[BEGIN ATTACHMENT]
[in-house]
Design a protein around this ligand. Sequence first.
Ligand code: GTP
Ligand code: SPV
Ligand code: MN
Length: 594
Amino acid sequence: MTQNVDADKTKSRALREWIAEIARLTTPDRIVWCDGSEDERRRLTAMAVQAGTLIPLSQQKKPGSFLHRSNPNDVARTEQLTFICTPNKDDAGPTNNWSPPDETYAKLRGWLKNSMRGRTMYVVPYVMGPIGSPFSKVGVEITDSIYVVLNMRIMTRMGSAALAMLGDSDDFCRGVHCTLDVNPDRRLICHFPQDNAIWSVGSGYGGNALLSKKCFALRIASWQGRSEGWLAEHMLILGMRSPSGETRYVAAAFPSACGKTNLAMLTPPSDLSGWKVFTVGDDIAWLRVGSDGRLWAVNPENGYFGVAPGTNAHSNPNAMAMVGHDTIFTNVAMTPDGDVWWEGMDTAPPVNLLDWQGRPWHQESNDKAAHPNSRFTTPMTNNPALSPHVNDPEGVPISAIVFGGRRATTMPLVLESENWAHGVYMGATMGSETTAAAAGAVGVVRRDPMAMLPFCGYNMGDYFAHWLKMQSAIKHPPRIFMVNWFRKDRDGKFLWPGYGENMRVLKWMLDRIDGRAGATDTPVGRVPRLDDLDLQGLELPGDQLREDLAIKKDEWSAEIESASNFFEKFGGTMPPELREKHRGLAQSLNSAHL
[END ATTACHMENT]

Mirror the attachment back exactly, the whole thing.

[in-house]
Design a protein around this ligand. Sequence first.
Ligand code: GTP
Ligand code: SPV
Ligand code: MN
Length: 594
Amino acid sequence: MTQNVDADKTKSRALREWIAEIARLTTPDRIVWCDGSEDERRRLTAMAVQAGTLIPLSQQKKPGSFLHRSNPNDVARTEQLTFICTPNKDDAGPTNNWSPPDETYAKLRGWLKNSMRGRTMYVVPYVMGPIGSPFSKVGVEITDSIYVVLNMRIMTRMGSAALAMLGDSDDFCRGVHCTLDVNPDRRLICHFPQDNAIWSVGSGYGGNALLSKKCFALRIASWQGRSEGWLAEHMLILGMRSPSGETRYVAAAFPSACGKTNLAMLTPPSDLSGWKVFTVGDDIAWLRVGSDGRLWAVNPENGYFGVAPGTNAHSNPNAMAMVGHDTIFTNVAMTPDGDVWWEGMDTAPPVNLLDWQGRPWHQESNDKAAHPNSRFTTPMTNNPALSPHVNDPEGVPISAIVFGGRRATTMPLVLESENWAHGVYMGATMGSETTAAAAGAVGVVRRDPMAMLPFCGYNMGDYFAHWLKMQSAIKHPPRIFMVNWFRKDRDGKFLWPGYGENMRVLKWMLDRIDGRAGATDTPVGRVPRLDDLDLQGLELPGDQLREDLAIKKDEWSAEIESASNFFEKFGGTMPPELREKHRGLAQSLNSAHL